The names of the god and the planet in English, Mars /ˈmɑɹz/, have been taken from the nominative case of the Latin word, namely mars. English borrowed this name in the 14th century, straight from written Latin. The names of the god and the planet in Spanish, on the other hand, have been taken from the accusative case of the Latin word, namely mārtem (mārt‑em), with a loss of a final Latin ‑m that took place very early on in the development of the Romance languages. It must be said, however, that early attestations of the name in Spanish are Mares, obviously derived from the nominative mars, and not Marte.

As in all the names of the days, Spanish dropped the diēs part from the Latin name. Not all Romance languages did this, however. In Catalan, for instance, Tuesday is dimarts, a simplification of dies martis, but without dropping the first part of the phrase. In French the name of the day is mardi, a contraction or ‘corruption’ of martis dies, which is exactly the same thing as dies martis but with the order of the words reversed, which was a perfectly good alternative word order in Latin. The same thing happened in Italian for in this language, Tuesday is martedi.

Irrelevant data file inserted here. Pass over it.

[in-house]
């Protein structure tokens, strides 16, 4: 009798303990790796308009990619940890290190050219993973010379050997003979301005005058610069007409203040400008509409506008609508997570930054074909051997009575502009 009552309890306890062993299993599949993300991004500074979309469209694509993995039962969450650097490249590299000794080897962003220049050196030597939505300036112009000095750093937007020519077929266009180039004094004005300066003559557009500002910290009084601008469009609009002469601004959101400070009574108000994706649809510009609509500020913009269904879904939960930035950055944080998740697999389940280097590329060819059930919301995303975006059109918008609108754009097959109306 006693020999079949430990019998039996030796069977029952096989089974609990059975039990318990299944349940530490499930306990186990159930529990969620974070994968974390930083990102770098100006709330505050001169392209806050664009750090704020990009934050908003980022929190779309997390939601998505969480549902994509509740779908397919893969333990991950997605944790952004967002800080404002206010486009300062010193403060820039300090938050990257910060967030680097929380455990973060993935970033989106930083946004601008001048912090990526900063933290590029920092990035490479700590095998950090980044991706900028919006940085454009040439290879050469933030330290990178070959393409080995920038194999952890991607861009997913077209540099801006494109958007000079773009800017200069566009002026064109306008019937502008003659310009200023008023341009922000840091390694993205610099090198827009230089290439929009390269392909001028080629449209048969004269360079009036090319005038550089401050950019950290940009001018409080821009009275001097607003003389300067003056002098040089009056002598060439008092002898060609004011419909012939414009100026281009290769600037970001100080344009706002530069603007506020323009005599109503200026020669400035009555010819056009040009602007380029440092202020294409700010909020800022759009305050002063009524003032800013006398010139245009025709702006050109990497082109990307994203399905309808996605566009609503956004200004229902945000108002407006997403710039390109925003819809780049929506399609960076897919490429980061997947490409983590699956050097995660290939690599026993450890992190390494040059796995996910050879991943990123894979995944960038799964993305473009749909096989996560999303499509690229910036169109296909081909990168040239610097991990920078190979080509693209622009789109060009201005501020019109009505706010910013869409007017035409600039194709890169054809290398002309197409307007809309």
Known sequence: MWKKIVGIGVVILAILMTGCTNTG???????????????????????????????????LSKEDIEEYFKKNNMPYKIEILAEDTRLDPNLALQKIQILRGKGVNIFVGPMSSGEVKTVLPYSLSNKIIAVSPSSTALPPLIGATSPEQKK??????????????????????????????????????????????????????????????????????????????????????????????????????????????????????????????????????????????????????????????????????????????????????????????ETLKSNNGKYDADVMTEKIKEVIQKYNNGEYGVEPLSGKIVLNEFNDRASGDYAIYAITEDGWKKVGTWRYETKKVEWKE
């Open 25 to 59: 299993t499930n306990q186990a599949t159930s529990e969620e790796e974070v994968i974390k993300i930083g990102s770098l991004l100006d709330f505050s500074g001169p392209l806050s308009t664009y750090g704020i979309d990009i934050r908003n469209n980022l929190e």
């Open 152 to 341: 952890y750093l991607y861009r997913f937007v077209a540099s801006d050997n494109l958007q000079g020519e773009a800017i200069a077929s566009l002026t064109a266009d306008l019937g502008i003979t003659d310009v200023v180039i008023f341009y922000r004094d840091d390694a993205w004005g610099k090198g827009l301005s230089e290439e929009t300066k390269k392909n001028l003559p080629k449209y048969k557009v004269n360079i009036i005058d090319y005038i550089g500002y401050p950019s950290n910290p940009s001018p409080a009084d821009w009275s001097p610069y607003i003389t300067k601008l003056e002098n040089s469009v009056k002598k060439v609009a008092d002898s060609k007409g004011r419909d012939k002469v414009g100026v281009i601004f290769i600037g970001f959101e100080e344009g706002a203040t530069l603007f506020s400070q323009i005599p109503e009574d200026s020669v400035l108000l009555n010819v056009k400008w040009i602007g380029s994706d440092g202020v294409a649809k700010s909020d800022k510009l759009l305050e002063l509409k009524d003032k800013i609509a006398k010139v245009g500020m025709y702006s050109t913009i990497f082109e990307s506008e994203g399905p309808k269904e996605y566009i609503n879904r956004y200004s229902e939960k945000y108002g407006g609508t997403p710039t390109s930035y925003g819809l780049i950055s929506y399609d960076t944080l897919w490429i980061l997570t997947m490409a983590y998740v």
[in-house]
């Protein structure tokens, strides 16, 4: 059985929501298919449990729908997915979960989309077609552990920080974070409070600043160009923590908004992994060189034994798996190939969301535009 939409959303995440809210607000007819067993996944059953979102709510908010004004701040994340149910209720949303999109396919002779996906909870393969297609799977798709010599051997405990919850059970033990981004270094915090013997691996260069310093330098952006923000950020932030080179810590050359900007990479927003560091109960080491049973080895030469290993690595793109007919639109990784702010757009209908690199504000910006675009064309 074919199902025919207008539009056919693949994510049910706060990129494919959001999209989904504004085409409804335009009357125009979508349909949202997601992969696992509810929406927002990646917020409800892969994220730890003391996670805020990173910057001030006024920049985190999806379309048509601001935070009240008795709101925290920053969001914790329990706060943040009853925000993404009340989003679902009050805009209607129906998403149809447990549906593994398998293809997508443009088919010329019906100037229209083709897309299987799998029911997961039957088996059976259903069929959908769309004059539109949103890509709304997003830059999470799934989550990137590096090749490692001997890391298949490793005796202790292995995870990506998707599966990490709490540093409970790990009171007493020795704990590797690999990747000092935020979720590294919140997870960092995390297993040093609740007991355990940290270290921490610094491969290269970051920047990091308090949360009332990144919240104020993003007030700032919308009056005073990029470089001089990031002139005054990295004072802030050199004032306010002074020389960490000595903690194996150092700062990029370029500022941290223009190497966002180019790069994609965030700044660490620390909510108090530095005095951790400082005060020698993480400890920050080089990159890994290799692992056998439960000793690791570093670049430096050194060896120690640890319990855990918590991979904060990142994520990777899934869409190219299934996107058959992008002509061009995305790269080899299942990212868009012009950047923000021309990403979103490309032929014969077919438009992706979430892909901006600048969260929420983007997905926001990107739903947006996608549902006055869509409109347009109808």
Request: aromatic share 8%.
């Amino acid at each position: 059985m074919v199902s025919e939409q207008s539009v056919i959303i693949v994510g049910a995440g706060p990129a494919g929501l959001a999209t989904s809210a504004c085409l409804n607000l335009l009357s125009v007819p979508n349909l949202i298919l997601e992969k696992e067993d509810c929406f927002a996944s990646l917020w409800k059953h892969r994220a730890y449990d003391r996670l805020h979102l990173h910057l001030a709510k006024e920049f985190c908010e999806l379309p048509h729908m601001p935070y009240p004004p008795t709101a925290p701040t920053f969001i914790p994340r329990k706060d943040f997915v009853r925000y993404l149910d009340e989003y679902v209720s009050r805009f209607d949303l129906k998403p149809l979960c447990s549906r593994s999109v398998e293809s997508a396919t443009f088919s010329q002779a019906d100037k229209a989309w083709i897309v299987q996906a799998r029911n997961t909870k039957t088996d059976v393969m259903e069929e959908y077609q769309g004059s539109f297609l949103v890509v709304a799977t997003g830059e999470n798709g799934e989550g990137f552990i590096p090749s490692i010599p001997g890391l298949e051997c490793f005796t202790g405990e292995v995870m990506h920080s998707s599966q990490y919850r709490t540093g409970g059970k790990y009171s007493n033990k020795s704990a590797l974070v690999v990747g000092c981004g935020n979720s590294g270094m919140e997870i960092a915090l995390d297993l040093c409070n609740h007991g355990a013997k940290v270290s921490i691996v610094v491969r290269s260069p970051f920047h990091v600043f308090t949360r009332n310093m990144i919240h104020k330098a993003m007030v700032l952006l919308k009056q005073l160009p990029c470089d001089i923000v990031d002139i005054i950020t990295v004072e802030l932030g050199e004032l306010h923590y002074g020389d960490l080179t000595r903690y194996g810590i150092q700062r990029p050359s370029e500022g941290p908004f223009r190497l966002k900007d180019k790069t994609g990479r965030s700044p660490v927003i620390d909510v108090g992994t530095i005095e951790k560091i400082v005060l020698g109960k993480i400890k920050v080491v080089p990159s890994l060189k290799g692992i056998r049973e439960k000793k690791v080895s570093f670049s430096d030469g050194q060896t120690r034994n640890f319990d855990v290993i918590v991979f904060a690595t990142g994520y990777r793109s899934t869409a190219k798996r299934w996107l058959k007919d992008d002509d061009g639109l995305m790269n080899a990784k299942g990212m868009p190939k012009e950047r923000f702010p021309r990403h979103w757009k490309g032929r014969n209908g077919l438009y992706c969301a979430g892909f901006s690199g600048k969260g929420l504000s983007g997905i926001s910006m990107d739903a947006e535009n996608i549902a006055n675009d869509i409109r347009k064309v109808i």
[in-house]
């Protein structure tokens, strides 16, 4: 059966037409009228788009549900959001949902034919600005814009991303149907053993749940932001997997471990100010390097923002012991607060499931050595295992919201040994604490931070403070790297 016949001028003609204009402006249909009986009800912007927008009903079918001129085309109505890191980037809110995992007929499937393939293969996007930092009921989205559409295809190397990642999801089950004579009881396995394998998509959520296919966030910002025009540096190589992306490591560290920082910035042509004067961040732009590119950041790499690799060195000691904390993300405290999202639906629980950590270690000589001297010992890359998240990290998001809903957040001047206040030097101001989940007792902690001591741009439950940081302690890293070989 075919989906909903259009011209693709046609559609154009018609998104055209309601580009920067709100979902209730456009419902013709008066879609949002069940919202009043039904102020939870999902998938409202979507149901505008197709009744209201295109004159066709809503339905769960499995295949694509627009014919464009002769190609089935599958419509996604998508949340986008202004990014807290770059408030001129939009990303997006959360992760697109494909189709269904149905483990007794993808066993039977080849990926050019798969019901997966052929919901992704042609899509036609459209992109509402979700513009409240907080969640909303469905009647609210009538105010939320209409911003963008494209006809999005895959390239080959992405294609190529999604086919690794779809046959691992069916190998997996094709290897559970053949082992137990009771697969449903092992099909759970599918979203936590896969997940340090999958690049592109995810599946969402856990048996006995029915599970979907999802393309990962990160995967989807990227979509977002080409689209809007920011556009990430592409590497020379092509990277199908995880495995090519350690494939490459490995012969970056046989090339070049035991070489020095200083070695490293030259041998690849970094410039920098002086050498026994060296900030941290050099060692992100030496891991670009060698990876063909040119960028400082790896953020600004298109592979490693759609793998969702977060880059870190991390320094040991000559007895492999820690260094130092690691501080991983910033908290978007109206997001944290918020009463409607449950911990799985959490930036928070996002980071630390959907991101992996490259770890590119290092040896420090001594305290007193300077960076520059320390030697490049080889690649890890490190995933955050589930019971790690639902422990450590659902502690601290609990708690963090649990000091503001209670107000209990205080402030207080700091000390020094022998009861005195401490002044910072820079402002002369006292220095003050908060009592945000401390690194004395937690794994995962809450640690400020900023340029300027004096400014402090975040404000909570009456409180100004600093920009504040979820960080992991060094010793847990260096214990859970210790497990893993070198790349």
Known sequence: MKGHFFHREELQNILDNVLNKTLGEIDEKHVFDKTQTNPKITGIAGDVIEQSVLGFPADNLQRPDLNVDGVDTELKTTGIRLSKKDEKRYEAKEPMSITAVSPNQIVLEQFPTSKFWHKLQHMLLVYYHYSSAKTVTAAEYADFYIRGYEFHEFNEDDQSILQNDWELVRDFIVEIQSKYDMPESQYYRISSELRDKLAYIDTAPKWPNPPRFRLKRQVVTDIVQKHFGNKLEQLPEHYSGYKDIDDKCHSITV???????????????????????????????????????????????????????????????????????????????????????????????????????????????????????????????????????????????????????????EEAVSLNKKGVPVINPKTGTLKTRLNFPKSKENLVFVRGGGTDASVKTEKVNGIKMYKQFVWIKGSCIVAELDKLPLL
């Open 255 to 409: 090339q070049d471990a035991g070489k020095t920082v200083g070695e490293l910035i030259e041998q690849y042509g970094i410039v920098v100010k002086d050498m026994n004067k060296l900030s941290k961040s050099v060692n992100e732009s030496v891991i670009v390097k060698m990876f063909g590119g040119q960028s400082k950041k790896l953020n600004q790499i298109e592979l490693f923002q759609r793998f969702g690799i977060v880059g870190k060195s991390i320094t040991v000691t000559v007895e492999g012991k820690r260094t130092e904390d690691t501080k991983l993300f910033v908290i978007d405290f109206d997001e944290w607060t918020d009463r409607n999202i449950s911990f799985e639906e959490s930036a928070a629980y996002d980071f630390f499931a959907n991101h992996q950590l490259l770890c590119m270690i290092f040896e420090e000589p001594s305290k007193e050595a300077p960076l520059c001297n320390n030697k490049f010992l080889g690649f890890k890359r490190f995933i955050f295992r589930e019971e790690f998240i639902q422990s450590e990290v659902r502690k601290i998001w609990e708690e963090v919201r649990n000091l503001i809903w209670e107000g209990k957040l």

Going back to the god Mars, he was only second in importance to Jupiter for the Romans (see §20.5 below). He was seen as the ancestor of the Romans, since the was the father of Romulus and Remus, the mythic ancestors of the Romans. Also, he was more than just the god of war for, although he was the most prominent of the military gods, he was also a protector of agriculture. He came to be seen as the equivalent of the Greek god Ares, though the latter god was a violent and destructive god and the former a securer of peace and stability. In Roman times, festivals to this god took place during the month that we now call March after him. The Romans called this month mēnsis mārtĭus ‘month of Mars’. Lat. mārtĭus was an adjective derived from the noun mārs (mārt-ĭ-us) and from that mārtĭus come both Eng. March and Sp. marzo, as well as Ital. marzo, Fr. mars, Cat. març, Port. março, Rus. март (mart), and many more (it was março, pronounced [ˈmaɾ.ʦ̪o], in Old Spanish).

Words derived from Lat. mars